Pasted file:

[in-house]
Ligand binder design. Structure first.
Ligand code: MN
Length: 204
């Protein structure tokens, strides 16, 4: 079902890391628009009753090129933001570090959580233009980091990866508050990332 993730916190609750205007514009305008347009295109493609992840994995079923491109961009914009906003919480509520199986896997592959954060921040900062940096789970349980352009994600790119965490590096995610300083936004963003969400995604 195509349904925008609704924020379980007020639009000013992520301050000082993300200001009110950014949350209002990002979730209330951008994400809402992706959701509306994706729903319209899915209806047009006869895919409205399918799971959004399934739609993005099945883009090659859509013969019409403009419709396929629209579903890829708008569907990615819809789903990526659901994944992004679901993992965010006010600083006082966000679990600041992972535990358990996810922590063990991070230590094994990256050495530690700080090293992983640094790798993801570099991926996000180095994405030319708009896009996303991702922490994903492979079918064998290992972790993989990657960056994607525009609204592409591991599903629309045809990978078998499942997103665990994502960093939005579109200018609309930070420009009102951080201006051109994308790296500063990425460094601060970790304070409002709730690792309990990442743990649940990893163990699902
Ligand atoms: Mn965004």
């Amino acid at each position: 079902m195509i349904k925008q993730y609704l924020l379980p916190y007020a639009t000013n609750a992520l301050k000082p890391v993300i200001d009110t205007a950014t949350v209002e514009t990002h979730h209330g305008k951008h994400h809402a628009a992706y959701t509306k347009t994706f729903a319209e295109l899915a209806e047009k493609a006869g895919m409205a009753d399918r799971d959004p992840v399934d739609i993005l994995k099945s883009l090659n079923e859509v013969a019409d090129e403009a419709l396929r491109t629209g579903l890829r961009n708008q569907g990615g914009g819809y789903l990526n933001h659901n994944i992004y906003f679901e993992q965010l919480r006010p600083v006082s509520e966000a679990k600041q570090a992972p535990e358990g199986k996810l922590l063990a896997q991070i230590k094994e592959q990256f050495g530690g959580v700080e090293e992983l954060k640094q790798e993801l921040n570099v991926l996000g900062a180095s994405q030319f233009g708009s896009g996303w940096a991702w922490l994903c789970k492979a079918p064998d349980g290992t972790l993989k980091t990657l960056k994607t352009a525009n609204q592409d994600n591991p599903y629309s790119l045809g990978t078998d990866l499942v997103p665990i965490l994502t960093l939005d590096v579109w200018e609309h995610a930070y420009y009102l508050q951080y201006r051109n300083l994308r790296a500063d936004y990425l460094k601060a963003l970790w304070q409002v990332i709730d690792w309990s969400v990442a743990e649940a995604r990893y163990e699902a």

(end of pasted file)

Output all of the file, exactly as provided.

[in-house]
Ligand binder design. Structure first.
Ligand code: MN
Length: 204
């Protein structure tokens, strides 16, 4: 079902890391628009009753090129933001570090959580233009980091990866508050990332 993730916190609750205007514009305008347009295109493609992840994995079923491109961009914009906003919480509520199986896997592959954060921040900062940096789970349980352009994600790119965490590096995610300083936004963003969400995604 195509349904925008609704924020379980007020639009000013992520301050000082993300200001009110950014949350209002990002979730209330951008994400809402992706959701509306994706729903319209899915209806047009006869895919409205399918799971959004399934739609993005099945883009090659859509013969019409403009419709396929629209579903890829708008569907990615819809789903990526659901994944992004679901993992965010006010600083006082966000679990600041992972535990358990996810922590063990991070230590094994990256050495530690700080090293992983640094790798993801570099991926996000180095994405030319708009896009996303991702922490994903492979079918064998290992972790993989990657960056994607525009609204592409591991599903629309045809990978078998499942997103665990994502960093939005579109200018609309930070420009009102951080201006051109994308790296500063990425460094601060970790304070409002709730690792309990990442743990649940990893163990699902
Ligand atoms: Mn965004």
């Amino acid at each position: 079902m195509i349904k925008q993730y609704l924020l379980p916190y007020a639009t000013n609750a992520l301050k000082p890391v993300i200001d009110t205007a950014t949350v209002e514009t990002h979730h209330g305008k951008h994400h809402a628009a992706y959701t509306k347009t994706f729903a319209e295109l899915a209806e047009k493609a006869g895919m409205a009753d399918r799971d959004p992840v399934d739609i993005l994995k099945s883009l090659n079923e859509v013969a019409d090129e403009a419709l396929r491109t629209g579903l890829r961009n708008q569907g990615g914009g819809y789903l990526n933001h659901n994944i992004y906003f679901e993992q965010l919480r006010p600083v006082s509520e966000a679990k600041q570090a992972p535990e358990g199986k996810l922590l063990a896997q991070i230590k094994e592959q990256f050495g530690g959580v700080e090293e992983l954060k640094q790798e993801l921040n570099v991926l996000g900062a180095s994405q030319f233009g708009s896009g996303w940096a991702w922490l994903c789970k492979a079918p064998d349980g290992t972790l993989k980091t990657l960056k994607t352009a525009n609204q592409d994600n591991p599903y629309s790119l045809g990978t078998d990866l499942v997103p665990i965490l994502t960093l939005d590096v579109w200018e609309h995610a930070y420009y009102l508050q951080y201006r051109n300083l994308r790296a500063d936004y990425l460094k601060a963003l970790w304070q409002v990332i709730d690792w309990s969400v990442a743990e649940a995604r990893y163990e699902a």